It’s not uncommon to worry about your hair becoming thin or even falling out at some point. There are plenty of myths when it comes to causes of female hair loss, which we’ll touch upon in a future post, but for now, here are 10 tips to prevent thinning hair or to manage any hair thinning that you may currently be experiencing:
The first step you should take in preventing unnecessary health issues, including lack-luster or thinning hair, is to maintain a well-balanced diet. A combination of complex carbohydrates, protein, and low-fat foods can help you combat hair loss. In addition, avoid any snacks with high sugar content as these cause sugar cravings which prevent us from eating more nutrient-rich foods.
If you need to lose excess weight at any point in your life, take your time. Avoid the appeal of a “quick fix” crash diet, promising to help you lose weight fast. Any rapid weight loss diets run the risk of causing hair loss. Follow only a doctor-recommended diet with NO stimulants.
Small iron deficiencies can likely lead to hair loss, especially during childbearing years, so make sure your multivitamin has a small amount of iron in it to help keep your levels normal. I’ve found that many of my patients with thinning hair have low iron levels.
Stress can take a mental and physical toll on your body. Regular exercise is one of the best stress-reducers, since it boosts endorphins and lowers the levels of your body’s stress hormones. Give yoga and meditation a try – both of them are helpful stress relievers that can easily be incorporated into one’s daily regime.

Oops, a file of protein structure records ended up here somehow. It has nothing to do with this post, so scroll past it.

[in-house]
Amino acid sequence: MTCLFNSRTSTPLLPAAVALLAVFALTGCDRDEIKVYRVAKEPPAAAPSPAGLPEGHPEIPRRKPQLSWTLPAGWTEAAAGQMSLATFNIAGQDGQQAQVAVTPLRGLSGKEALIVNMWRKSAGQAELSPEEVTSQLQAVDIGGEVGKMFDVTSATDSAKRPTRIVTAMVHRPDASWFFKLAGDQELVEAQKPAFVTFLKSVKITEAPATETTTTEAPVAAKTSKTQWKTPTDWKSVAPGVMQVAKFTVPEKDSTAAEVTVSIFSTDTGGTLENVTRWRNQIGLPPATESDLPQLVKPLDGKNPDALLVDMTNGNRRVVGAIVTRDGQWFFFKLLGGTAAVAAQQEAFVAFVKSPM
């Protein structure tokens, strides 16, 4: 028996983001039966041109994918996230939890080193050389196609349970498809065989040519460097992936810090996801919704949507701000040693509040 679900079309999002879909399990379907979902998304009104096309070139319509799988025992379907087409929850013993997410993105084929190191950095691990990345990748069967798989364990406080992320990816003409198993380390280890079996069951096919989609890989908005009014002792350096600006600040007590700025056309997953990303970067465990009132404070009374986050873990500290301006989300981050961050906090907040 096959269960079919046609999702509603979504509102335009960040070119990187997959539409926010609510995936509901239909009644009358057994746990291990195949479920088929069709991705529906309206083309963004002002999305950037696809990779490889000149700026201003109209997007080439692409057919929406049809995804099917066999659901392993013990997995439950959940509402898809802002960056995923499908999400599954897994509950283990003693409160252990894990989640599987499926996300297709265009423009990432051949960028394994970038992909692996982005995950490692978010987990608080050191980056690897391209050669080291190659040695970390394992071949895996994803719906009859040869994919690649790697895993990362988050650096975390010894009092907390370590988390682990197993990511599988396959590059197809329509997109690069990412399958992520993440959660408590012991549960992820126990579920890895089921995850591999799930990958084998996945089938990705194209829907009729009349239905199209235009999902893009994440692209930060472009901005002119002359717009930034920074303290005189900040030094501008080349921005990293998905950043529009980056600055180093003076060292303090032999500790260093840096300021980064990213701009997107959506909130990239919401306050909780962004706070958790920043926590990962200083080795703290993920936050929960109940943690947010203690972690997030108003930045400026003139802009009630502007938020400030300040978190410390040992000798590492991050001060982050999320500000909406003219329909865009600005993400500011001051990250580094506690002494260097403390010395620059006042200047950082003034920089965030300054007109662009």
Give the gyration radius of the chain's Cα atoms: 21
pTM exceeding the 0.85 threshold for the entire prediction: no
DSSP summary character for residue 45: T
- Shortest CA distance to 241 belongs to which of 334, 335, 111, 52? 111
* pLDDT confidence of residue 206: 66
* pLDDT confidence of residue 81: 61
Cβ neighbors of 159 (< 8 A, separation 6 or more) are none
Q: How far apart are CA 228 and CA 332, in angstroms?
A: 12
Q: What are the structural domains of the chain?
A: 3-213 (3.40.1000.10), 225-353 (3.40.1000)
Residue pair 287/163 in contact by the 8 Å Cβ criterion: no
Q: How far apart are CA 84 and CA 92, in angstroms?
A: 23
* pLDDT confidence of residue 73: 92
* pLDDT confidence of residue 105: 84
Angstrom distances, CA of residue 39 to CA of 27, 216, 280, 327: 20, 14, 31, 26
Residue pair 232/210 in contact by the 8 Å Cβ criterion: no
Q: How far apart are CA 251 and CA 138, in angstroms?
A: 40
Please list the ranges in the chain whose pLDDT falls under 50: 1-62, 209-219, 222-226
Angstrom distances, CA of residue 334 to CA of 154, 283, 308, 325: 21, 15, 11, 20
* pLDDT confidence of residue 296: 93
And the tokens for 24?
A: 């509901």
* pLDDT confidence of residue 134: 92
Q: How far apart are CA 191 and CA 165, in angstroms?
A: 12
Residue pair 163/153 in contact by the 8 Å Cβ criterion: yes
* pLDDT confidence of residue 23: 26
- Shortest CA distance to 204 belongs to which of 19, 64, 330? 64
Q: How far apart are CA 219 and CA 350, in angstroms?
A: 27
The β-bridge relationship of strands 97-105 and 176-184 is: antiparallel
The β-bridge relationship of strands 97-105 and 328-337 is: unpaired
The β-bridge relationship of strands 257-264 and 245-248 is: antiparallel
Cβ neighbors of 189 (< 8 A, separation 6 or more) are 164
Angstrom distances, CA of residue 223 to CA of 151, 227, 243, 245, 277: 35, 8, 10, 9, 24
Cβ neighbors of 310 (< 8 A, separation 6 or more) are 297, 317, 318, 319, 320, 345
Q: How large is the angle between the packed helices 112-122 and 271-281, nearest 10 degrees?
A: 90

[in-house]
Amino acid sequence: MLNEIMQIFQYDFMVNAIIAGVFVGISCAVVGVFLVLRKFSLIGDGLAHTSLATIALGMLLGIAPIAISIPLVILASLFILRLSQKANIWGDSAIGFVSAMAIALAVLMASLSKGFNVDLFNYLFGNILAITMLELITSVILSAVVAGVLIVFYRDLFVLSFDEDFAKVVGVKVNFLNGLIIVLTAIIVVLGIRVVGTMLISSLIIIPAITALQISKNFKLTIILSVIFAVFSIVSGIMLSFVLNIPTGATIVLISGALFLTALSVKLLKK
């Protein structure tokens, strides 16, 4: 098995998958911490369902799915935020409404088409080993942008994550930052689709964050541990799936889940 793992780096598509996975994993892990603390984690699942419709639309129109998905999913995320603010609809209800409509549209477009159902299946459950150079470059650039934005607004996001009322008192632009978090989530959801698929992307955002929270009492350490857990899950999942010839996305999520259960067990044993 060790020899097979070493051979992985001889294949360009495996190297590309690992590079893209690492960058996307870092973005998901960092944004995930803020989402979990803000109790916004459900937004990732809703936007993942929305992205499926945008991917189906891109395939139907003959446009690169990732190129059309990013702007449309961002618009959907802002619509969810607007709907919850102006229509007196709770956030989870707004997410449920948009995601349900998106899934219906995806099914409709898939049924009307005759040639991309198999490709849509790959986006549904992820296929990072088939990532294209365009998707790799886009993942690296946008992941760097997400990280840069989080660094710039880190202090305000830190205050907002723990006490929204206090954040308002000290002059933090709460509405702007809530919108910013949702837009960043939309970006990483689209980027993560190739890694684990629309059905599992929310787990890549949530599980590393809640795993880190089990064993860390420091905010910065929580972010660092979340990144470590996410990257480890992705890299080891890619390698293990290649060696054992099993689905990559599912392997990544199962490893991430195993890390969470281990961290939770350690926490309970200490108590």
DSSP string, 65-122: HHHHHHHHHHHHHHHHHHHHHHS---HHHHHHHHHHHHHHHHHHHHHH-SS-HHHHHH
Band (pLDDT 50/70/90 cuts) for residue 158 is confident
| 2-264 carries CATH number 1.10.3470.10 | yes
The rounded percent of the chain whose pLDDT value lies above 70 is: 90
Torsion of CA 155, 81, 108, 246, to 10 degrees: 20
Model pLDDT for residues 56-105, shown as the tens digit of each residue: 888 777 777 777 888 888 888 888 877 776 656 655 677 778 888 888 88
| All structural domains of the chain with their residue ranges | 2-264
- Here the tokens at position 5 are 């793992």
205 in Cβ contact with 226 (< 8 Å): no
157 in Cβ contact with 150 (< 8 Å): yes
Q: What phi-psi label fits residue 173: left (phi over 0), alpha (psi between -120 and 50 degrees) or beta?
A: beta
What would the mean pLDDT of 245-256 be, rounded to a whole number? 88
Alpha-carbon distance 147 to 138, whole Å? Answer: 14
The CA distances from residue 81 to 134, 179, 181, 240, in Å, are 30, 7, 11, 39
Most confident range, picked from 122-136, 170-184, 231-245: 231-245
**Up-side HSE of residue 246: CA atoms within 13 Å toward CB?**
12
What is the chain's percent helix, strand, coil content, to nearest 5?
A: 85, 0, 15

A professional stylist will be more likely to notice any changes in your hair if you see him or her on an ongoing basis. Stylists are able to identify signs of hair loss – ask him/her to tell you their honest feedback and to keep an eye out for you.
Avoid pulling and tugging your hair when brushing and give up the super tight ponytails and buns, which can cause breakage and damage at the root. Additional examples of hair styles, tools and practices to avoid or cut back on as much as possible include: corn rows, tiny, tight braids, hot irons, straighteners, excessive blow drying with hot air, hot curlers, prolonged perms or chemical straighteners.
Many women color their hair to hide grays or to brighten their locks. Ask your stylist to use a professional hair color product that contains no peroxide and as little ammonia as possible. Both chemicals can be damaging to hair.
If you are a young woman on oral contraceptives, make sure you know which type you are taking and any possible side effects. Some birth control pills can contribute to hair loss. If your hair is naturally thin, have an open discussion with your doctor about your concerns.
If there is a strong history of hair thinning or loss among immediate and/or extended family members (grandparents, parents, uncles, etc.), you may have a higher risk of experiencing it yourself. If consulting with a hair loss expert, make sure to bring any family observations to his/her attention. Very often a patient concerned about her thinning hair will tell me that her mother or sister also have thin hair. This is not just a coincidence!
Try to make (and keep) regularly-scheduled physical exams and have your doctor check your labs for vitamin deficiencies (including iron), hormonal imbalances, diabetes, and other nutritional deficiencies. Your doctor can help you identify some of the potential causes of hair thinning.
All of these tips are lifestyle changes and precautionary measures you can take in an effort to prevent unwanted thinning and can be followed in conjunction with professional medical hair rejuvenation solutions available at Medi Tresse.
Posted by Mary Wendel, M.D.